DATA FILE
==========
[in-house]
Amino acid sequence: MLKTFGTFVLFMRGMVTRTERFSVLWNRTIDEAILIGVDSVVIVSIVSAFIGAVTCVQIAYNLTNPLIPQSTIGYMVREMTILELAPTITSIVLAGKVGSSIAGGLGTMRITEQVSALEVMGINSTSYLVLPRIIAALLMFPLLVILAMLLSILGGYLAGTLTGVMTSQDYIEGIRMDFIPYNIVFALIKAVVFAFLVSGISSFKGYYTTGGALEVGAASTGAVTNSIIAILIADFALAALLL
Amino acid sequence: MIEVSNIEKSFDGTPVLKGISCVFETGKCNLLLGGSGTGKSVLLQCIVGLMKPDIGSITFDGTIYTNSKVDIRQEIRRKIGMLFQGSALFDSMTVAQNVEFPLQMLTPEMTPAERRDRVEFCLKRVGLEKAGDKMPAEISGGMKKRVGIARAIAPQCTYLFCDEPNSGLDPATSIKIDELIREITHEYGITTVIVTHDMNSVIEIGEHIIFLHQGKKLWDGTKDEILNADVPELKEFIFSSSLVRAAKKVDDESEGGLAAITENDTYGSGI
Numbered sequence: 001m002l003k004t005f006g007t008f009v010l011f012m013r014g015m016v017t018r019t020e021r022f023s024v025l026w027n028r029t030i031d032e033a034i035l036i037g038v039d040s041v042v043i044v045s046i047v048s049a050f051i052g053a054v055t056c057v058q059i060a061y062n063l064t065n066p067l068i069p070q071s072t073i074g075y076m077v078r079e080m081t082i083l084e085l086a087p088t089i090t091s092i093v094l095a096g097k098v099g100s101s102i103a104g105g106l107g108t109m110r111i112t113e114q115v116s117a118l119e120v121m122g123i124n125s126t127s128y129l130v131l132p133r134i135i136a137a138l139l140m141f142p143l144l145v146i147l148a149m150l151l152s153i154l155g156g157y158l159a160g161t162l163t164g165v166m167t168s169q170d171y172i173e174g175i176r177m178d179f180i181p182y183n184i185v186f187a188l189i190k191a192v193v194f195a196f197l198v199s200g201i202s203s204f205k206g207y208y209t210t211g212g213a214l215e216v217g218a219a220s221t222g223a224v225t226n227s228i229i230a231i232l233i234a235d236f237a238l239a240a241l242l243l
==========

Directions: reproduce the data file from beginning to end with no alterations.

[in-house]
Amino acid sequence: MLKTFGTFVLFMRGMVTRTERFSVLWNRTIDEAILIGVDSVVIVSIVSAFIGAVTCVQIAYNLTNPLIPQSTIGYMVREMTILELAPTITSIVLAGKVGSSIAGGLGTMRITEQVSALEVMGINSTSYLVLPRIIAALLMFPLLVILAMLLSILGGYLAGTLTGVMTSQDYIEGIRMDFIPYNIVFALIKAVVFAFLVSGISSFKGYYTTGGALEVGAASTGAVTNSIIAILIADFALAALLL
Amino acid sequence: MIEVSNIEKSFDGTPVLKGISCVFETGKCNLLLGGSGTGKSVLLQCIVGLMKPDIGSITFDGTIYTNSKVDIRQEIRRKIGMLFQGSALFDSMTVAQNVEFPLQMLTPEMTPAERRDRVEFCLKRVGLEKAGDKMPAEISGGMKKRVGIARAIAPQCTYLFCDEPNSGLDPATSIKIDELIREITHEYGITTVIVTHDMNSVIEIGEHIIFLHQGKKLWDGTKDEILNADVPELKEFIFSSSLVRAAKKVDDESEGGLAAITENDTYGSGI
Numbered sequence: 001m002l003k004t005f006g007t008f009v010l011f012m013r014g015m016v017t018r019t020e021r022f023s024v025l026w027n028r029t030i031d032e033a034i035l036i037g038v039d040s041v042v043i044v045s046i047v048s049a050f051i052g053a054v055t056c057v058q059i060a061y062n063l064t065n066p067l068i069p070q071s072t073i074g075y076m077v078r079e080m081t082i083l084e085l086a087p088t089i090t091s092i093v094l095a096g097k098v099g100s101s102i103a104g105g106l107g108t109m110r111i112t113e114q115v116s117a118l119e120v121m122g123i124n125s126t127s128y129l130v131l132p133r134i135i136a137a138l139l140m141f142p143l144l145v146i147l148a149m150l151l152s153i154l155g156g157y158l159a160g161t162l163t164g165v166m167t168s169q170d171y172i173e174g175i176r177m178d179f180i181p182y183n184i185v186f187a188l189i190k191a192v193v194f195a196f197l198v199s200g201i202s203s204f205k206g207y208y209t210t211g212g213a214l215e216v217g218a219a220s221t222g223a224v225t226n227s228i229i230a231i232l233i234a235d236f237a238l239a240a241l242l243l